Observatorium is a game currently developed by Jonathan McEnroe, Clive Lawrence and Peter Satera, knows as the Observatorium Team. Part of its gameplay will requires to create constellation and to somehow link them to with the rest of the environment: merge space with nature, as the website says. The player moves the boat using the keyboard, while the mouse connects stars into a constellation and catches fish. Despite the game has been showcased at Dare to be Digital 2015, very little is known at this point. Yet, Observatorium looks amazing and I honestly can’t wait to play it.
Big Pharma | Twice Circled | website | pre order
When I was a kid, I used to play Theme Hospital for hours. I’m pretty sure I was terrible at it, but this didn’t stop me from enjoying its lovely animations. I had to wait
18 many years to experience that same feeling again. Big Pharma is one of the most polished games you’ll see this year. Developed by Tim Wicksteed, it’s an intriguing RTS game which explores the sick world of the pharmaceutical industry. Every detail of Big Pharma has been crafted to perfection. The animations, created by the incredibly talented Rob Wicksteed, are simply beautiful and perfectly match the clean aesthetic of the game. The game has also a dark aspect, which you’ll eventually experience after the realisation that the focus of this industry is not on the patients, but on the profit. As a developer, it saddens me to know the final players won’t be able to see the incredible amount of work Tim has put into the making of this game. During its development, Big Pharma has changed so many times: it’s interface, it’s graphics and even it’s gameplay. I think many developers should learn from Twice Circles that changes, even if scary, can make the difference between an average game and an awesome one.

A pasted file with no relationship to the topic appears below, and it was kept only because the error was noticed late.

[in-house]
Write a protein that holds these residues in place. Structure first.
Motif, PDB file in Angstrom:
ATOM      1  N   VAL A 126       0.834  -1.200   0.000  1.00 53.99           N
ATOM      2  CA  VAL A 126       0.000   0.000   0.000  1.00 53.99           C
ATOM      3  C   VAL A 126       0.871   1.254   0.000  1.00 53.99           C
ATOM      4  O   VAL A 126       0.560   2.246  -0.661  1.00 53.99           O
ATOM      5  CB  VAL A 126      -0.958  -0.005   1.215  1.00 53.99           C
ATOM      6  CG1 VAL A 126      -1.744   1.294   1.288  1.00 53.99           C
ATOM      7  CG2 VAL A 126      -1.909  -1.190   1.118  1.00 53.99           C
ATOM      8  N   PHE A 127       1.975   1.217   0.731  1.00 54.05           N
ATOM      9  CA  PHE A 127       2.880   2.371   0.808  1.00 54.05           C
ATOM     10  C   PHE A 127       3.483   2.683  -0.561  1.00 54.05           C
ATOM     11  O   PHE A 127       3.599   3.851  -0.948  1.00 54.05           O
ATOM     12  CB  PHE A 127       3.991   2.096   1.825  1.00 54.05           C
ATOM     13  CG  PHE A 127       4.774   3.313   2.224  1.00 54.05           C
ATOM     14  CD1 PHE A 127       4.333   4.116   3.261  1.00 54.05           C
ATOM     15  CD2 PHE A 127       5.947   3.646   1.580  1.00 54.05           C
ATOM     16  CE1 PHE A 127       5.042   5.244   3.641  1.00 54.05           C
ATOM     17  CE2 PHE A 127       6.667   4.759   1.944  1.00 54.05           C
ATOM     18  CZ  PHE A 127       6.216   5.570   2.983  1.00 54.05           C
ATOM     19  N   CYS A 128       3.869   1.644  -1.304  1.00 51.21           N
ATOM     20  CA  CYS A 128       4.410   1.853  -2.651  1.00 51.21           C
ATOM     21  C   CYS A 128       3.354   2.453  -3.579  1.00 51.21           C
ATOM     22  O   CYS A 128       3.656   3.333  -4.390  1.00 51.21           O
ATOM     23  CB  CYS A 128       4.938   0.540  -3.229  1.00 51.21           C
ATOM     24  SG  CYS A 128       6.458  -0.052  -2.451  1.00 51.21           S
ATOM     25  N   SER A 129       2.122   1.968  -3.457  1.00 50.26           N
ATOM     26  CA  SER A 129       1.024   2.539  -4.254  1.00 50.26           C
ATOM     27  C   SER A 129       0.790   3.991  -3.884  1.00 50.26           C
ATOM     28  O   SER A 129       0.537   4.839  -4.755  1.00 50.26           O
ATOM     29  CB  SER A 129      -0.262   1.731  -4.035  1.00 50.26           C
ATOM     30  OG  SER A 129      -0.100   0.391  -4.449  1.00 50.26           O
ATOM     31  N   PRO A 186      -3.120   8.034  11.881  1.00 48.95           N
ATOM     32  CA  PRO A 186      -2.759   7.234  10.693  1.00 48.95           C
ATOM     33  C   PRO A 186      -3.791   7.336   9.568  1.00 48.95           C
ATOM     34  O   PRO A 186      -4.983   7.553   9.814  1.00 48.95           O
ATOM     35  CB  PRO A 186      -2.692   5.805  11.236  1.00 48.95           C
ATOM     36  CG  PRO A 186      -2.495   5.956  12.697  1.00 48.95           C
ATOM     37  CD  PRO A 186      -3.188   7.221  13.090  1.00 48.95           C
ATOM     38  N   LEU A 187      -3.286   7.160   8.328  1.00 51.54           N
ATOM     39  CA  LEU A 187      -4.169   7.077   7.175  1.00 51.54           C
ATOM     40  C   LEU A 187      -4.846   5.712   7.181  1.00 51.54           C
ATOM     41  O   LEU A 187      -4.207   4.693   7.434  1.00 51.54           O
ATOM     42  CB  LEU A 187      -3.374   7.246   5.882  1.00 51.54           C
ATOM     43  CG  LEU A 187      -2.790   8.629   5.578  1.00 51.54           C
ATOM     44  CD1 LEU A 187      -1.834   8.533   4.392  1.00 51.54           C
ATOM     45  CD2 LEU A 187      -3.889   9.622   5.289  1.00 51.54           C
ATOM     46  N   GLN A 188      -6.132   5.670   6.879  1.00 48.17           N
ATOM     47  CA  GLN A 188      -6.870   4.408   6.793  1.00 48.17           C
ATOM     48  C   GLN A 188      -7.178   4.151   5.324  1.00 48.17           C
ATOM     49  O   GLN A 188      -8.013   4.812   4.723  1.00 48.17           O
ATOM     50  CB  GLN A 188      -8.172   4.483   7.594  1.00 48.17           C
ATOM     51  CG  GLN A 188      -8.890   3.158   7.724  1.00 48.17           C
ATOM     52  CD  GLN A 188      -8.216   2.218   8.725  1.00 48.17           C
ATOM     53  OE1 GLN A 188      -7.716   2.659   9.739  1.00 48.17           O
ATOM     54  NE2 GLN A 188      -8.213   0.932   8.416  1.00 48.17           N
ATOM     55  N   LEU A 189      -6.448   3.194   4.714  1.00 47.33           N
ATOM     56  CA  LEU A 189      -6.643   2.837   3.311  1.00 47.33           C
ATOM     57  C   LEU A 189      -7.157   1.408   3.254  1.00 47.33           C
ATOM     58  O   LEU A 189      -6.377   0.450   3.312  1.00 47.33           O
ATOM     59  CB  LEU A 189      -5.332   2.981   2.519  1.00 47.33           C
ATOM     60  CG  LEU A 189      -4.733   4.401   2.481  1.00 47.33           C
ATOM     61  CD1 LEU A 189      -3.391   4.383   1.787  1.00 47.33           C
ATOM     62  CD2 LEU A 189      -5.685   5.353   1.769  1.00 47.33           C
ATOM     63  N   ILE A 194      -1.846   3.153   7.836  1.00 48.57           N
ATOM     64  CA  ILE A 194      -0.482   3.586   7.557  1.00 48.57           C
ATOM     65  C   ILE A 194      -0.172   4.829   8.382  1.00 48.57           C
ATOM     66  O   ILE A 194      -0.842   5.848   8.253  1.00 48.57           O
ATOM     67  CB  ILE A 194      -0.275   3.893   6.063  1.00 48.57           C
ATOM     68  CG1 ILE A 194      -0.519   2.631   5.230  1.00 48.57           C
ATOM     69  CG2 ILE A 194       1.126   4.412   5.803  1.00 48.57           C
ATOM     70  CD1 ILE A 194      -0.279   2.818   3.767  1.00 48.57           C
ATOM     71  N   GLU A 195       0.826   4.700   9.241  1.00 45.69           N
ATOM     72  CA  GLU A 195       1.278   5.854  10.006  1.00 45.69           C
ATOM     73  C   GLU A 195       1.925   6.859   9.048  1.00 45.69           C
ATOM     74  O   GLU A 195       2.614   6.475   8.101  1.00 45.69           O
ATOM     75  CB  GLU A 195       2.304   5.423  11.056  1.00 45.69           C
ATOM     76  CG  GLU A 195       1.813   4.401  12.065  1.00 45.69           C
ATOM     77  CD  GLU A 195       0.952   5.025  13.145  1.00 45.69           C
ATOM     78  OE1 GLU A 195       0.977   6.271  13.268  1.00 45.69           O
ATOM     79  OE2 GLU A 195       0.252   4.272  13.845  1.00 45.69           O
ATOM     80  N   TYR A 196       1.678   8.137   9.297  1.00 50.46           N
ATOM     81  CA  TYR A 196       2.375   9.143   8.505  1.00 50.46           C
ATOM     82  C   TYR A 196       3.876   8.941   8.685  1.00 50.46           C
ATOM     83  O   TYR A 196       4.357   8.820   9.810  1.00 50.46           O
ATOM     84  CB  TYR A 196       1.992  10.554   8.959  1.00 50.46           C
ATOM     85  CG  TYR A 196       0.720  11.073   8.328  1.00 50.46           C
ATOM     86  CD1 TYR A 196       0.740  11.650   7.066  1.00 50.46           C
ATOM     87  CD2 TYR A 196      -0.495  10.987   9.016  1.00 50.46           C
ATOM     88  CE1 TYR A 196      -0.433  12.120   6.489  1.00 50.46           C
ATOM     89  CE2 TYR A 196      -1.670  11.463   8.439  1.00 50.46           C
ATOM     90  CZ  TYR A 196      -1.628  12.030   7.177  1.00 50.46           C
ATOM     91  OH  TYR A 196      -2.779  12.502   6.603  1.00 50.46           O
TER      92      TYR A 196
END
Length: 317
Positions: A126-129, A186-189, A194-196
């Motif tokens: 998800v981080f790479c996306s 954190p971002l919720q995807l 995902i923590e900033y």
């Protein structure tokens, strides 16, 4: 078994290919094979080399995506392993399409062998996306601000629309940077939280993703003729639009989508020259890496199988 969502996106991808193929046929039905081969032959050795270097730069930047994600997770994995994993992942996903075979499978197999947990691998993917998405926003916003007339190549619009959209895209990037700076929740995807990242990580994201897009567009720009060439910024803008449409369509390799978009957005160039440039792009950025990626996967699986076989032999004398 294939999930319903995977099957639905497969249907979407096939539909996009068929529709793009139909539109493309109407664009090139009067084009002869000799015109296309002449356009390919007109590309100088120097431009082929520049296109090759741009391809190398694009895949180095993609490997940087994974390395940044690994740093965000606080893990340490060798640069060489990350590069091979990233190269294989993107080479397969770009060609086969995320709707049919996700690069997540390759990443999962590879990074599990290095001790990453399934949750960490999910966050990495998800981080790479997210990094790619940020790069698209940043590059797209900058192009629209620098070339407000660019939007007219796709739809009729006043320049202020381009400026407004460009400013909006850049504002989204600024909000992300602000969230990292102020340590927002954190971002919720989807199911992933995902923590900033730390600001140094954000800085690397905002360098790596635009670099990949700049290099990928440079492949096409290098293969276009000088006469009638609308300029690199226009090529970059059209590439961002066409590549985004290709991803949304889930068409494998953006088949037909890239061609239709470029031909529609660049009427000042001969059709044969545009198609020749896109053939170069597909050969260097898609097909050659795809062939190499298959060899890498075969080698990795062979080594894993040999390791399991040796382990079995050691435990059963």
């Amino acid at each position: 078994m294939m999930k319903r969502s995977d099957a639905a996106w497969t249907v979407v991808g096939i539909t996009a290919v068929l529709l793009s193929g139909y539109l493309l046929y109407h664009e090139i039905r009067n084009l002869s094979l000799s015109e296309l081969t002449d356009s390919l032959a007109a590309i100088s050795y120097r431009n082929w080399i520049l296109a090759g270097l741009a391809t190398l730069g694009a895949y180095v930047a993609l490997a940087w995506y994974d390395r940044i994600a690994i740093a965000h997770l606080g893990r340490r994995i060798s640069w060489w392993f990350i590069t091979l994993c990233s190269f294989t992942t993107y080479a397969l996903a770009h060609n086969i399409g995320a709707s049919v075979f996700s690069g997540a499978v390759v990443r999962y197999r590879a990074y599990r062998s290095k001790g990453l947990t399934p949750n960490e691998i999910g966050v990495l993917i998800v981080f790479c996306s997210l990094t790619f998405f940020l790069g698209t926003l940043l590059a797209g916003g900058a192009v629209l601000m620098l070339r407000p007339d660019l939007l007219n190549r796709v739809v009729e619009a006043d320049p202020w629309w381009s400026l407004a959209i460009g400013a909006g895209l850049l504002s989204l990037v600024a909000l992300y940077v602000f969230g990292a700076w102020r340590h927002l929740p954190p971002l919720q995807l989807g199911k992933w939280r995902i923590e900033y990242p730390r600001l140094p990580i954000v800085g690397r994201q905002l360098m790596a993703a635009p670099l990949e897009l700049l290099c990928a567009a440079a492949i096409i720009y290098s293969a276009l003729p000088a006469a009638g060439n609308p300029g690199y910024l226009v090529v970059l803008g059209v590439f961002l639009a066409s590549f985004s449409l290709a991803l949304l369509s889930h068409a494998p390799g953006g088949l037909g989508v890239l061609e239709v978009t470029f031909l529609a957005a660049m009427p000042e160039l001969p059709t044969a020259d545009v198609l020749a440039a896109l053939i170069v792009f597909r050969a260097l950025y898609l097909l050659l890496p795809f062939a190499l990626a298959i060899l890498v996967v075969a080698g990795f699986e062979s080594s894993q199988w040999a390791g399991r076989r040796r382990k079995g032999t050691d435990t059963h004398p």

When a game is on TIGsource, there’s a good heuristic for its future success: the number of pages its devlog has. The original post about FEZ, for example, counted 127 pages. Rain World, on the other hand, is getting dangerously close to 200. When a game is able to generate so much discussion, is hard to imagine anything but success in its future. Set in a post-apocalyptic future, Rain World asks you to accomplish a simple task: to survive. The eerie world is surrounded by glowing lizards and skeleton vultures. The developers or Rain World have been open about the different techniques they’re using in the game, including the secrets behind the super smooth movements of the main protagonists: the slugcats. Yes slugcats: agile creatures with bodies as flexible as slugs, simulated with real physics and rendered as meshes. A very early demo of the game has been made available to the backers who helped Rain World being funded on Kickstarter.
Relativity | Willy Chyr | tigsource | twitter | website
When an artist reaches the level of mastery necessary to make a game, we can only expect great things to happen. And this is exactly what Relativity is all about. Developed solely by Willy Chyr, this is probably the one and only game which could be labelled as the successor of Antichamber. While the mind bending aspect of Antichamber was in its logic-defying puzzles, Relativity keeps its own mechanic as clean as possible. From the very beginning of the game you know what you can and what you can’t do, and the game never tricks you into believing otherwise. The game is not only amazing for its clever puzzles, but also for the incredible architectural structures that Willy has built. There is no up, down, left or right: the notion of direction itself in Relativity is, indeed, relative…